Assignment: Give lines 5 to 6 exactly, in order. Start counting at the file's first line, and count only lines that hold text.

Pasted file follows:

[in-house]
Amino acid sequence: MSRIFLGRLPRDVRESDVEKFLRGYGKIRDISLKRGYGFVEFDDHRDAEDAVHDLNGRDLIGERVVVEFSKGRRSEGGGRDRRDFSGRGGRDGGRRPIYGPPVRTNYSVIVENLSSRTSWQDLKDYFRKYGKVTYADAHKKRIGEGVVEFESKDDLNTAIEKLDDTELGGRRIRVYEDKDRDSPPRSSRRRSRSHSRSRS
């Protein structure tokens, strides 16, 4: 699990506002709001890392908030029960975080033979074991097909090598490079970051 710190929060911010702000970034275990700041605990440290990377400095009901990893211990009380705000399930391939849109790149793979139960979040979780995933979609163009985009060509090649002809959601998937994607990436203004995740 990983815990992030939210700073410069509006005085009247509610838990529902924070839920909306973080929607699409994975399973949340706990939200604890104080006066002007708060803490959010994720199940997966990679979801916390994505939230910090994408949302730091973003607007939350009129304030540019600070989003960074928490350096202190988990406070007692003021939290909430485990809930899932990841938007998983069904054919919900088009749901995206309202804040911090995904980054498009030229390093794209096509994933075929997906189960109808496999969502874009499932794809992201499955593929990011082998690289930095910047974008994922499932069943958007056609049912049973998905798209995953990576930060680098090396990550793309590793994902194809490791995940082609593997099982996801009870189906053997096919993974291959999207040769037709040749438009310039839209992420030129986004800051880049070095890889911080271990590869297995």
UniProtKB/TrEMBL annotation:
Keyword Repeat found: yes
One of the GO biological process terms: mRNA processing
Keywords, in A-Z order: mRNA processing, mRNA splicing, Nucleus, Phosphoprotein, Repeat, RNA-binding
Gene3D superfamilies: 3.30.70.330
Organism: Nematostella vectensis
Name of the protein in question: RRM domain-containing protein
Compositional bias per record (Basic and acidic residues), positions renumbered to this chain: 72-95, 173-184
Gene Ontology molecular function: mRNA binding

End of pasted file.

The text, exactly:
Keyword Repeat found: yes
One of the GO biological process terms: mRNA processing